National Family Farm Coalition v. U.S. Environmental Protection Agency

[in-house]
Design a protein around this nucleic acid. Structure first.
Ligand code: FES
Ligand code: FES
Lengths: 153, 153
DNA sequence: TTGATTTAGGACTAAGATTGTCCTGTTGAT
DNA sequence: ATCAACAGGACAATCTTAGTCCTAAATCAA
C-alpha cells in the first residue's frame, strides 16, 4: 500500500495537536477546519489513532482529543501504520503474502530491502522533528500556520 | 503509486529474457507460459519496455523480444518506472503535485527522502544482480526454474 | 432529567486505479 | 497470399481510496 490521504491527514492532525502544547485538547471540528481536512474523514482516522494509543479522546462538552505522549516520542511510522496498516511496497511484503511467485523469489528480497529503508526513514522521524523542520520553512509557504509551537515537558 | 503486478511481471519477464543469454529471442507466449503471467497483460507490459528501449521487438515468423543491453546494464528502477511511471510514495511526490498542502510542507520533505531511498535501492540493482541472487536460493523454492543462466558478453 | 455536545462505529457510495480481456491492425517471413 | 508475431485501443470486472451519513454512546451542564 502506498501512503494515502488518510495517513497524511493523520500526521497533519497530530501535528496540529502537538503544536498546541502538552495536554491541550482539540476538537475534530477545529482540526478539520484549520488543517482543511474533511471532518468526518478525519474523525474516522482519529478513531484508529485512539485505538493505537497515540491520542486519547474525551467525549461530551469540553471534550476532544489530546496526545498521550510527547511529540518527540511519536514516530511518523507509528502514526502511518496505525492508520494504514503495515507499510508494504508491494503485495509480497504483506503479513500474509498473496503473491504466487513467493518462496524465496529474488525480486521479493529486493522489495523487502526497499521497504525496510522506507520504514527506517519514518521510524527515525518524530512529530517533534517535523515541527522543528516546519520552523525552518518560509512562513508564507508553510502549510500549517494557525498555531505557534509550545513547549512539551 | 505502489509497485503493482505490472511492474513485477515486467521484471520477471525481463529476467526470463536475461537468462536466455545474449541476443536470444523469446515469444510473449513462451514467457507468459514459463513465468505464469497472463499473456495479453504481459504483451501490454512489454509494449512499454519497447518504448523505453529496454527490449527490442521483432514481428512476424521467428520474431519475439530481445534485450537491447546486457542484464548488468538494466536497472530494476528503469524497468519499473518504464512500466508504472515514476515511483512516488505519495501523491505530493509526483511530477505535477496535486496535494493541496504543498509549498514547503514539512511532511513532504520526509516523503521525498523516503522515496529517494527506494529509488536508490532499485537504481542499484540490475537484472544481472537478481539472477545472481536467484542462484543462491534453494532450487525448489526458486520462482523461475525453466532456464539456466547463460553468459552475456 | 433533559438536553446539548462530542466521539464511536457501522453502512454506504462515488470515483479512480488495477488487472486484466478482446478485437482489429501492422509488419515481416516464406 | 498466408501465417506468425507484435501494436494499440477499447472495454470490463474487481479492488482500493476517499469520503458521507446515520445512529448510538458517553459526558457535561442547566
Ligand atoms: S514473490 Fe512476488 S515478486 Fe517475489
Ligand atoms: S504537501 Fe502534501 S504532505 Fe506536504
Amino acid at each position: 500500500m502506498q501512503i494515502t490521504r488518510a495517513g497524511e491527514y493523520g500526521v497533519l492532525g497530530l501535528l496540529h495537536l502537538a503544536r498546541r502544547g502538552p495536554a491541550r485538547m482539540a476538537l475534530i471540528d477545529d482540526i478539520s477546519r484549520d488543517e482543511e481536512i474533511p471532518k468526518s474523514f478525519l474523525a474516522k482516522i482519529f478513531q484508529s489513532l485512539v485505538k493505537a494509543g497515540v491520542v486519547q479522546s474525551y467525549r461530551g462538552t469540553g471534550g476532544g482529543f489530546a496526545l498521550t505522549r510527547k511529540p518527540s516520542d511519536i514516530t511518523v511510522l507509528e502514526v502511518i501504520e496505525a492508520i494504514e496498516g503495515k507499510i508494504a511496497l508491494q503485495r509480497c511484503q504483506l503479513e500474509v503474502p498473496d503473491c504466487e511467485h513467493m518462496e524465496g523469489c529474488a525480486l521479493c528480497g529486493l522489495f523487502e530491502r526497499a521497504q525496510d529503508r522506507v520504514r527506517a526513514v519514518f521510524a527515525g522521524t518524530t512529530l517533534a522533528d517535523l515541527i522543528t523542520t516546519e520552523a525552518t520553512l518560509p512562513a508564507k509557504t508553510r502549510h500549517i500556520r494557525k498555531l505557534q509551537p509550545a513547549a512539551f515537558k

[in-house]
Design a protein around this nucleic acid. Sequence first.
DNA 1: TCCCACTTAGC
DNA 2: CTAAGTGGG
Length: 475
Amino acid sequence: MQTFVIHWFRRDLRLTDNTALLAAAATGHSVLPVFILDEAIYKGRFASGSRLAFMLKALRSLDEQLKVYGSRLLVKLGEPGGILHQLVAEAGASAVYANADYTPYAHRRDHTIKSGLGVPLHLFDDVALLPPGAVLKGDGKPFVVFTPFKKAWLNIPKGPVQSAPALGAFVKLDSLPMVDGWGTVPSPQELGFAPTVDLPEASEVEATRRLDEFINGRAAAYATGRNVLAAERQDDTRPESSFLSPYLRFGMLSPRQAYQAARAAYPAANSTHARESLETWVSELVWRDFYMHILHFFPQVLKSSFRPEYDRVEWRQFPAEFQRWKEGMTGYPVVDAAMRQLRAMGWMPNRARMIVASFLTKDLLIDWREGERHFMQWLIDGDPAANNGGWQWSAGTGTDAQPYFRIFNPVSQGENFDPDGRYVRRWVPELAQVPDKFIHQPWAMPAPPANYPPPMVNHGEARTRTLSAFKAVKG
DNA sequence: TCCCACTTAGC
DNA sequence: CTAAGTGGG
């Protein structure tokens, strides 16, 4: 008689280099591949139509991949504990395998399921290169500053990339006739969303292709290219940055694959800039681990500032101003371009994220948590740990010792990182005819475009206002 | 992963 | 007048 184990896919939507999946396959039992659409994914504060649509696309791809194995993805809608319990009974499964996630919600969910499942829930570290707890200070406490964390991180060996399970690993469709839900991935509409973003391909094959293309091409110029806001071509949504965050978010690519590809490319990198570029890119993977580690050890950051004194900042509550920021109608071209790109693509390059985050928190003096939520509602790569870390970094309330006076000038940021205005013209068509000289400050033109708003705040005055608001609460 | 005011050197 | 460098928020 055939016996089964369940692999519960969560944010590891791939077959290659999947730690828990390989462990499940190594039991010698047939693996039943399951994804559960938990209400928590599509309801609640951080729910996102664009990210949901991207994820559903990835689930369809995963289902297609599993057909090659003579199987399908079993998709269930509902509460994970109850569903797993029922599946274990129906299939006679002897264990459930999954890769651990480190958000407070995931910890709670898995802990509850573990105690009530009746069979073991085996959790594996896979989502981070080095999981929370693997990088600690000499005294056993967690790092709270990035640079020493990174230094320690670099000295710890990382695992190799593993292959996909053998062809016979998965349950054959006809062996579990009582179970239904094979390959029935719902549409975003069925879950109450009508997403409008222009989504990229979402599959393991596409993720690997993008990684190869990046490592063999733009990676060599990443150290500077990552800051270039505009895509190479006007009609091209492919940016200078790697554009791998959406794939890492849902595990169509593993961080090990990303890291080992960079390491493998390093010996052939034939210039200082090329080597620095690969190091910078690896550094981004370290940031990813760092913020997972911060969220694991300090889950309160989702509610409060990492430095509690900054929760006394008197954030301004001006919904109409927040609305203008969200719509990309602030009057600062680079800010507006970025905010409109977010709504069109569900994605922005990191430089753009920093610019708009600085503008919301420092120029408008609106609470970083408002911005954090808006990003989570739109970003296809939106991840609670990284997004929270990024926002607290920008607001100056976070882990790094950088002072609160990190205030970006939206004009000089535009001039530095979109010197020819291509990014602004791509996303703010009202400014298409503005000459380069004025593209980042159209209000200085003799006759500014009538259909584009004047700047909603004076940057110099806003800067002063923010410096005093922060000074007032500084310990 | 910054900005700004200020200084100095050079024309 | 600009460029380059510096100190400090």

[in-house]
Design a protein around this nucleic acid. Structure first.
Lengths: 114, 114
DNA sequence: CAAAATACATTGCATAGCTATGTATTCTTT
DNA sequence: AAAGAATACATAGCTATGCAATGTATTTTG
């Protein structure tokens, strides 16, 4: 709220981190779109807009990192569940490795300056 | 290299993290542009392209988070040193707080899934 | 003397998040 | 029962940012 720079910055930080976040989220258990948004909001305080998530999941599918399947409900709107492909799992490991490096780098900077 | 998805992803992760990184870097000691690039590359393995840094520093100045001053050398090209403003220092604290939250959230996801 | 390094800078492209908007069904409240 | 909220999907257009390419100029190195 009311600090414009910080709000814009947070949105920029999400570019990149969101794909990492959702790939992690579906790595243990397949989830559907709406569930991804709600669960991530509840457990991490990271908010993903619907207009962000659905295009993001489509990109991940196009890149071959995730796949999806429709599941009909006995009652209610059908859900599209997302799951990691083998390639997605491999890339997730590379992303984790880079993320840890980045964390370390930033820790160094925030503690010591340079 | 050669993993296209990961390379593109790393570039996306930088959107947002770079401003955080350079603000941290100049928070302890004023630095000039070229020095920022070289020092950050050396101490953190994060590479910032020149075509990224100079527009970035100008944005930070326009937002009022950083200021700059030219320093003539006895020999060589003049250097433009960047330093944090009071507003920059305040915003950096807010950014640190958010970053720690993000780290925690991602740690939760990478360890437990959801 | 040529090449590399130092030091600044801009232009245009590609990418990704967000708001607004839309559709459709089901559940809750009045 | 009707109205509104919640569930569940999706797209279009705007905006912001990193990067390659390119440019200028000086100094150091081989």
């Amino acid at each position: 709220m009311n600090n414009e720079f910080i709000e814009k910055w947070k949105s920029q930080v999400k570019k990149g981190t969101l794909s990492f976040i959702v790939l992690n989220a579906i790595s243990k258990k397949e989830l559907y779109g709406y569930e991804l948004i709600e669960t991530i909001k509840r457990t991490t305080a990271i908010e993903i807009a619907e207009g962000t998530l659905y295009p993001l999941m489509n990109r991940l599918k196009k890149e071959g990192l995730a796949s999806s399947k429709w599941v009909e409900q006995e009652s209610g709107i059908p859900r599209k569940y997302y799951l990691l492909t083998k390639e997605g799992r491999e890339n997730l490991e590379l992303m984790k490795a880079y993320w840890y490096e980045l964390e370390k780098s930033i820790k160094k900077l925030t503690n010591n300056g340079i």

National Family Farm Coalition v. U.S. Environmental Protection Agency (U.S. Court of Appeals – Ninth Circuit, June 3, 2020): The Ninth Circuit vacated EPA’s conditional registration of the weed-killer, dicamba, for use in soybean and cotton crops. Dicamba’s toxicity extends to fruiting vegetables, certain flowers, plants, and trees. Dicamba’s volatility under various conditions causes off-site drift. In 2016, EPA conditionally approved reformulated dicamba-based herbicides for use in dicamba-resistant soybean and cotton crops for two-years under the Federal Insecticide, Fungicide, and Rodenticide Act (FIFRA). It issued labeling restrictions to reduce drift. The court held EPA’s issuance of another conditional two-year registration in 2018 violated FIFRA. FIFRA allows EPA to conditionally amend an herbicide’s registration if “the new use will not significantly increase the risk of any unreasonable adverse effect on humans or the environment.” EPA: (1) substantially understated risks it acknowledged including soaring herbicide drift complaints following the 2016 approval; and (2) did not acknowledge risks it was required to consider. Substantial evidence showed that “even conscientious applicators” would not follow the numerous “complex and onerous label requirements” that EPA added in 2018 to further mitigate off-site drift. Evidence of social costs were also ignored, including how conditional use of dicamba had “torn apart the social fabric of many farming communities” by damaging neighboring crops. Read the decision here.
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